Debugging a Trusted Plugin on Linux
- Get a Chromium check-out. You can usually use the revision from the
nacl-sdk DEPS file.
- You don’t need to build all of chromium, just pepper.
- Go to the src/ directory in your check-out
- type: ‘make ppapi_tests’ to build the pepper tests as well as
any libraries they depend on. You’ll end up with libppapi_cpp.a
- Build trusted version of the code
- For a C plugin you don’t have to link against anything. ppapi C
is all headers.
- For C++, you need libppapi_cpp.a and libppapi_cpp_objects.a.
Link against ppapi_cpp_objects and ppapi_cpp from chrome.
- link order matters: ppapi_cpp_objects has to come before
- Be sure to specify -fno-rtti and -fPIC since chrome does not
build run-time type information by default, and you’ll be
generating a shared library as your plugin.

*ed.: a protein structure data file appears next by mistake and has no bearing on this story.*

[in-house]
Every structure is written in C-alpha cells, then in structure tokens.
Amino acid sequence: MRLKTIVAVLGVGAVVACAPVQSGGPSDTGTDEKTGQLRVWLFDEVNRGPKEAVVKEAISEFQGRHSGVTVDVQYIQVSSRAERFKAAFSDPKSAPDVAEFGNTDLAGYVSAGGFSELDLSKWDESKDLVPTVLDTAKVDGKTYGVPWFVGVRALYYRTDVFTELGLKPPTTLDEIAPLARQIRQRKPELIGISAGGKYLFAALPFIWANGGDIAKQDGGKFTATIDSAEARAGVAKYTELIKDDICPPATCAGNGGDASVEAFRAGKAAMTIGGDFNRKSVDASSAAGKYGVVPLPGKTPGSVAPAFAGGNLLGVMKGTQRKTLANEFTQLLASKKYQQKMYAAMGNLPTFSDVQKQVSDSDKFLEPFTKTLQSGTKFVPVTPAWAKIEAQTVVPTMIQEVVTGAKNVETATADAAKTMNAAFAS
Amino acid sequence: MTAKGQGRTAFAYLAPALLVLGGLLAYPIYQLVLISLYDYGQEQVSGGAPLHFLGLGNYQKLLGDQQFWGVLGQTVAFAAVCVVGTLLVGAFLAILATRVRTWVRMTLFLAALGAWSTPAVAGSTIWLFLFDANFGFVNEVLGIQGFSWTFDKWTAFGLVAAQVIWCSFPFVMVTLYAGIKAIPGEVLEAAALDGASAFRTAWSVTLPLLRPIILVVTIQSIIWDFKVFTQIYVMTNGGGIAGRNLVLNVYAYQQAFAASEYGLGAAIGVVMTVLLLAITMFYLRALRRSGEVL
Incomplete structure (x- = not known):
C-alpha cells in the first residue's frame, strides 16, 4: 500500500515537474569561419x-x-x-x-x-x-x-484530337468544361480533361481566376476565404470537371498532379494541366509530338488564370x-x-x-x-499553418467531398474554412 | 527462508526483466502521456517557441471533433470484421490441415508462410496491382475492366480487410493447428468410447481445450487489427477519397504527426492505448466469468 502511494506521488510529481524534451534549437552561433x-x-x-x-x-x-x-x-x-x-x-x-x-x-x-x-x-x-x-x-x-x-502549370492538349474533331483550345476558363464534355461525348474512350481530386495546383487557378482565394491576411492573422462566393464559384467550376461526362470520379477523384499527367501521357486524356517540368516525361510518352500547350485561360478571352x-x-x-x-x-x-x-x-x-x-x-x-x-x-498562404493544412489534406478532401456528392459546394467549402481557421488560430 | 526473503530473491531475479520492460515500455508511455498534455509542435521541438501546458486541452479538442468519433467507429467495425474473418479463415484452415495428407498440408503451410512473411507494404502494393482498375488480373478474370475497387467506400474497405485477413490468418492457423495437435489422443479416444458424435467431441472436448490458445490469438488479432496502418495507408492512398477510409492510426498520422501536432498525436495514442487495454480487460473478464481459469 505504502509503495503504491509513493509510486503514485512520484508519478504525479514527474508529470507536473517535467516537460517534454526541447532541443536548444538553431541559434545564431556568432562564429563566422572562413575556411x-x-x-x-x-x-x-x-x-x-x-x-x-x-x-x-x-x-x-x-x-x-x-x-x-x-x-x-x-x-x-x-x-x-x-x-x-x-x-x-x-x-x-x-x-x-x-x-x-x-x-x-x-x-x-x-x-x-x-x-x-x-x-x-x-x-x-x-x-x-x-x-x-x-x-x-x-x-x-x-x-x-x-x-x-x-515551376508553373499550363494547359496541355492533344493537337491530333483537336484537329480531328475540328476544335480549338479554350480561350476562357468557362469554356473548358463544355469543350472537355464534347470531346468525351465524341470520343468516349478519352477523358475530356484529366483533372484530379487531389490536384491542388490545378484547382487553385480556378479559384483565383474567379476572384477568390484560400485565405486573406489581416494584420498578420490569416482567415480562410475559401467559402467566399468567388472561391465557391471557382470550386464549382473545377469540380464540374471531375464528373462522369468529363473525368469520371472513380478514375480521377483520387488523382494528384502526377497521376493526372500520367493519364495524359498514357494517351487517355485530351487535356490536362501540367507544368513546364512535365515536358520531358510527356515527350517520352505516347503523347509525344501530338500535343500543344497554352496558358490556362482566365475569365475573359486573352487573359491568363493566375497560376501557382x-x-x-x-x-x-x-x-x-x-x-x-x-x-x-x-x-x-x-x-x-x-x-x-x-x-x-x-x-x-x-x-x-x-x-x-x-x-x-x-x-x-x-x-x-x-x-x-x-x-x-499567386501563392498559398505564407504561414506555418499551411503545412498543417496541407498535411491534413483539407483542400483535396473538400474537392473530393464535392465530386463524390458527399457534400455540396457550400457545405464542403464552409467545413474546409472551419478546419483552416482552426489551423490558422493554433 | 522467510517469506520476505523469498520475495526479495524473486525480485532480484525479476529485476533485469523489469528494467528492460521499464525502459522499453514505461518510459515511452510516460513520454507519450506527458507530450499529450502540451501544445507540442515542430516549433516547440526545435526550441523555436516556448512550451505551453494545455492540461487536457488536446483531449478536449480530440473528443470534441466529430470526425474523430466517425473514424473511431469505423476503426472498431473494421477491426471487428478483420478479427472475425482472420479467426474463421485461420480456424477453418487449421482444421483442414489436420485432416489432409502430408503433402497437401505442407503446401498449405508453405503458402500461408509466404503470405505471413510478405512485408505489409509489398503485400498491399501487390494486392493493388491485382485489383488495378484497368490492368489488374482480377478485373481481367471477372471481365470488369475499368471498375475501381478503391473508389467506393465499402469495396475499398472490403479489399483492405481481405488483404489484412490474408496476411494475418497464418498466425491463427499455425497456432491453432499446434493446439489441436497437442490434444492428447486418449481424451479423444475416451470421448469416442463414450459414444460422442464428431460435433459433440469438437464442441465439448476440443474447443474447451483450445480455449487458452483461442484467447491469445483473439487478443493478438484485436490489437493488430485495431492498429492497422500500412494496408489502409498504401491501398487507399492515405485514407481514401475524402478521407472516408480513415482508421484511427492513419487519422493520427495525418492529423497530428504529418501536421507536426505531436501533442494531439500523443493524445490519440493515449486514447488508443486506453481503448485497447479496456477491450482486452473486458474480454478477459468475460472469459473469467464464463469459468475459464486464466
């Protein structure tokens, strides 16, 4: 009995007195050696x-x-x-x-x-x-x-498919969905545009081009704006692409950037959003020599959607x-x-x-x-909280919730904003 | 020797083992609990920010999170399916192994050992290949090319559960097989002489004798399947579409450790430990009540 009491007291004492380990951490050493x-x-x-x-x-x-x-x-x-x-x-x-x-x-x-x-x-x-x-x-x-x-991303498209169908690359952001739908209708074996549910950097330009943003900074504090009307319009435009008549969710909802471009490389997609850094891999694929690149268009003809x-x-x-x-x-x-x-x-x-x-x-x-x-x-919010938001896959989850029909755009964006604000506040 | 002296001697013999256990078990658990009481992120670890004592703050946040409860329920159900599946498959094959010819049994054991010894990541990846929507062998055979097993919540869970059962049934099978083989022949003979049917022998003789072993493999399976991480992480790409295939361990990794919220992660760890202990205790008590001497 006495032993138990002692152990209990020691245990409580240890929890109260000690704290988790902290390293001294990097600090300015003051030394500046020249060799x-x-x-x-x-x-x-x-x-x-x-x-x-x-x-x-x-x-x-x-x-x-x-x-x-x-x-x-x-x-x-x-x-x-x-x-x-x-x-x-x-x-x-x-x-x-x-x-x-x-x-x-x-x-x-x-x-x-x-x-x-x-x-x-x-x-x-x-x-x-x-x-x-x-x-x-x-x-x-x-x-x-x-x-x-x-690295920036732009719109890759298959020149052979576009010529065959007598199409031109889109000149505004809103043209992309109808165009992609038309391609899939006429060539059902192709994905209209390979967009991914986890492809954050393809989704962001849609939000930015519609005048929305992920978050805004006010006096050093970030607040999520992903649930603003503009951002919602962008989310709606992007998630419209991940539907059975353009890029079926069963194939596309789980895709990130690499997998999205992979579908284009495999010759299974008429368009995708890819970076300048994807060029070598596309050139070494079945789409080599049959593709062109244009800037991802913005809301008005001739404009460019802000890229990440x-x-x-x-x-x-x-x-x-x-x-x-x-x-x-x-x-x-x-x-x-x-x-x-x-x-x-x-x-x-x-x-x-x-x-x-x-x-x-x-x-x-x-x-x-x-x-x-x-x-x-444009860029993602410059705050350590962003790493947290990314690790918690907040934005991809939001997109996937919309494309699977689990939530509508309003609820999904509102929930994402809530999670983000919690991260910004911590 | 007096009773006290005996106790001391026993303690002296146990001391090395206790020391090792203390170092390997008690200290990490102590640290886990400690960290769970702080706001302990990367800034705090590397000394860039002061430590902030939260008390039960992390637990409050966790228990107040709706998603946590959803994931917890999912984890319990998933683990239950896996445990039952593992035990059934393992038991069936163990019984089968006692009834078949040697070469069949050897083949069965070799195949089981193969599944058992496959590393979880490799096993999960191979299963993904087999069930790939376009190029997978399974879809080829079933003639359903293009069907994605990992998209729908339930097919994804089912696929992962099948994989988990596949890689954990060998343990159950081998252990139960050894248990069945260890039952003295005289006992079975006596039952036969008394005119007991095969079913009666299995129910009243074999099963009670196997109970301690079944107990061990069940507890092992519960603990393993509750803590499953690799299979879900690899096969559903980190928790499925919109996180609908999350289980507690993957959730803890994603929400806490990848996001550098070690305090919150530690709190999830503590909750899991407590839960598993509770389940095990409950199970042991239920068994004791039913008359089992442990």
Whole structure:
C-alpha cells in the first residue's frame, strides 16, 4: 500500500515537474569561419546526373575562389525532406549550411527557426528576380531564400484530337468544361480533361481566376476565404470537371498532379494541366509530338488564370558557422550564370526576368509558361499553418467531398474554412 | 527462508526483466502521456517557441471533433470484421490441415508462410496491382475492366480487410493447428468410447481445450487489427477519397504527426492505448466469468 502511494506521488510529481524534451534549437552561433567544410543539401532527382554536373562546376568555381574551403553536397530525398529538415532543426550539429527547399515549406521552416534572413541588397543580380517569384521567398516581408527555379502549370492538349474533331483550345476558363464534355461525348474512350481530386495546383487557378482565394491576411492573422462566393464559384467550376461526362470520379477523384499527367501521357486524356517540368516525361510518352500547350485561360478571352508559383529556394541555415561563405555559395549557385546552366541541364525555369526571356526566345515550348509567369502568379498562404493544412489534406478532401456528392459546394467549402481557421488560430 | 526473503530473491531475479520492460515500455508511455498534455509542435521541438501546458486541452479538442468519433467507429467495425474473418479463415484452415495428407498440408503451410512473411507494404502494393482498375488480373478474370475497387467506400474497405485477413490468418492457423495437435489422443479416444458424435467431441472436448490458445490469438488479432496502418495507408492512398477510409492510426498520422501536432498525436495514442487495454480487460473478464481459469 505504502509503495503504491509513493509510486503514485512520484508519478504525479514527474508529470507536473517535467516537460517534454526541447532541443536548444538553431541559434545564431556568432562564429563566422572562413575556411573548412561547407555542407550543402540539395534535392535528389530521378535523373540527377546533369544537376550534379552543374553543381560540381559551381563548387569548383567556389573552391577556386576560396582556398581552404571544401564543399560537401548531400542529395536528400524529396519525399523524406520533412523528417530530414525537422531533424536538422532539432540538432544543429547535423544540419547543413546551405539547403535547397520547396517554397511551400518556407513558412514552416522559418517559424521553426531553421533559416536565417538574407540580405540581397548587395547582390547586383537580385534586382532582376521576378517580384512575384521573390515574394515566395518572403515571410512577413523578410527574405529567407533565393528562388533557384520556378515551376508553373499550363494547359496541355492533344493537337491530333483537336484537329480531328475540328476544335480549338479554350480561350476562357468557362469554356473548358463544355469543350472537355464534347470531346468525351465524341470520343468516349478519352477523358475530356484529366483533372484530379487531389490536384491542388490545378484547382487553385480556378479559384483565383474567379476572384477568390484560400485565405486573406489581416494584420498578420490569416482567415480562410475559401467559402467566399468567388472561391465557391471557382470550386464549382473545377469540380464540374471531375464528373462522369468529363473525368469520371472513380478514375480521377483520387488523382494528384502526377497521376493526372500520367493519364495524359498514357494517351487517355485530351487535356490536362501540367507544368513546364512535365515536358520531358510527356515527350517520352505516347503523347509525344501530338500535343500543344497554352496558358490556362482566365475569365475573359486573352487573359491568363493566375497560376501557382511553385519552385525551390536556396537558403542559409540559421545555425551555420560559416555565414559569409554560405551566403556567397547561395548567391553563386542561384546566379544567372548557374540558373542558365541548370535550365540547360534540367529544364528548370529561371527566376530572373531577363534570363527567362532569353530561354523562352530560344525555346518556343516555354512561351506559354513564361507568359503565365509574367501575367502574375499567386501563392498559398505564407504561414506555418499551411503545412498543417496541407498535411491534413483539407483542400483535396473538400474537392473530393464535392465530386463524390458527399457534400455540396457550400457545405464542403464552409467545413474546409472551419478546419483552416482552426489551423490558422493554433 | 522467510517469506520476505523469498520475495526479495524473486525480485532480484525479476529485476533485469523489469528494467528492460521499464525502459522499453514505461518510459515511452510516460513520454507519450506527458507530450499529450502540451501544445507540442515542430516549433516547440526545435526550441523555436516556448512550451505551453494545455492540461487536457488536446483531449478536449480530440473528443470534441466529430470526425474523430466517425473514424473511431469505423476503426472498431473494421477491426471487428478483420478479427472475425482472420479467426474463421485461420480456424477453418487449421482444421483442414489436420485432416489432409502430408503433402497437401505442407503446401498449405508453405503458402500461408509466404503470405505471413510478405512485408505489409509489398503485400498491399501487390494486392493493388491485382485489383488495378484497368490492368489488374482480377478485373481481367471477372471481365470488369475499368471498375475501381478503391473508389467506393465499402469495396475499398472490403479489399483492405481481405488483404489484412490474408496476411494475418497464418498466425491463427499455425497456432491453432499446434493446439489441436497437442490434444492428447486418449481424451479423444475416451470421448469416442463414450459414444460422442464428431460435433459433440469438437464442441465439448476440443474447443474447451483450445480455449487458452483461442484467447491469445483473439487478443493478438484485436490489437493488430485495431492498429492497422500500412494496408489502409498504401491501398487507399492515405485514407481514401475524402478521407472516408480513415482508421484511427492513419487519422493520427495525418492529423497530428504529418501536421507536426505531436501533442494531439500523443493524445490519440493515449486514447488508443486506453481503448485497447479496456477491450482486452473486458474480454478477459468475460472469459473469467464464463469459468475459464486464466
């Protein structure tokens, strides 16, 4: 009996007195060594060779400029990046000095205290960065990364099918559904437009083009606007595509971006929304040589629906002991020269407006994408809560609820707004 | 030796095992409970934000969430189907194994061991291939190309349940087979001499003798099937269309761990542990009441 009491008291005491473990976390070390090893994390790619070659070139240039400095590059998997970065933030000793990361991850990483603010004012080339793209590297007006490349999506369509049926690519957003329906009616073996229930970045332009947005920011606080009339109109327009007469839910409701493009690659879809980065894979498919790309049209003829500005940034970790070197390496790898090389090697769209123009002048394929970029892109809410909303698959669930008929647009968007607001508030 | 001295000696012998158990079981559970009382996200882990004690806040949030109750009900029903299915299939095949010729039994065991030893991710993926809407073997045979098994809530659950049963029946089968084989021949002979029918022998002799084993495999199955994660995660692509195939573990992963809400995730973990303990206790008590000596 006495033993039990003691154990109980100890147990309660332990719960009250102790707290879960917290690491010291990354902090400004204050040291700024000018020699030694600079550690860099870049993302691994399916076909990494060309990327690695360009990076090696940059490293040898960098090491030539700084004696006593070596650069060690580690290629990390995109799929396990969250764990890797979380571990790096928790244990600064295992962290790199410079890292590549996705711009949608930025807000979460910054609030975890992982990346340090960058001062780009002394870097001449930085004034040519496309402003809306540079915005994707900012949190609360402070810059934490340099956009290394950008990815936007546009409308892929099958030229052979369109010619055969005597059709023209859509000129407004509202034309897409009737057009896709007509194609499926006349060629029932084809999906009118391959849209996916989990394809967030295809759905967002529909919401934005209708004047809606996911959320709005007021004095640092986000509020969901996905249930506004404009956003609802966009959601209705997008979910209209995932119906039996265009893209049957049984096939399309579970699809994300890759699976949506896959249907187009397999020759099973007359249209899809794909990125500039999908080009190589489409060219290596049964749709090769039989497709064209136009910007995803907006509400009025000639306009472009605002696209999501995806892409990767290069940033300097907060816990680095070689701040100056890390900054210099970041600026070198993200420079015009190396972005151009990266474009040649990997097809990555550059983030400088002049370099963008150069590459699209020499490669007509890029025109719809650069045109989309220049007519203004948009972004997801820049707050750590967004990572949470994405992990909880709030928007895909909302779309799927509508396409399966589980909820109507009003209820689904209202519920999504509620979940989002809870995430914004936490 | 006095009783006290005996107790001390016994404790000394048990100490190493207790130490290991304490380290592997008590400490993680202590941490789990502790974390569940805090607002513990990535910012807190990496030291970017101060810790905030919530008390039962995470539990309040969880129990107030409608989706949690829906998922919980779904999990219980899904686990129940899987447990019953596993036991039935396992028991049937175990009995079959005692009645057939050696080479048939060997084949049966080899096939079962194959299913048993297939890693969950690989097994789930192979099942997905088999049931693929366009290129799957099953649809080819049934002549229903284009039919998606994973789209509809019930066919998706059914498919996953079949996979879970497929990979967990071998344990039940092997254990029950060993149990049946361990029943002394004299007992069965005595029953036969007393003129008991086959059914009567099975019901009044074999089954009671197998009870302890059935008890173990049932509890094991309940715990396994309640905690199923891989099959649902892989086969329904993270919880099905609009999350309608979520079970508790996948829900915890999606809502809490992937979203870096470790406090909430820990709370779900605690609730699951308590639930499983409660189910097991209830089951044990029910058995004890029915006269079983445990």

- For the linking step, be sure to specify -shared
- To load your plugin, your application will need an embed tag. For
trusted plugins this should not have a “nacl” but a regular “type”
attribute, for example: type="application/x-hello-world"
- Unlike with an untrusted plugin, instead of handling a onload event
in the EMBED tag, you have to call moduleDidLoad() directly after
the EMBED tag.
- To debug, you have to use Chromium - best is to get a waterfall for
your platform build from
http://build.chromium.org/f/chromium/snapshots/ You can also finish
the chromium build you checked out but be prepared to wait a while.
This style of debugging is not supported with Google Chrome Dev
- In a shell, launch chrome with the following arguments:
- In Chrome, create a new tab and visit about:memory, this will list
the pid of the plugin tab.
- You can now use gdb to attach to the pid and debug your plugin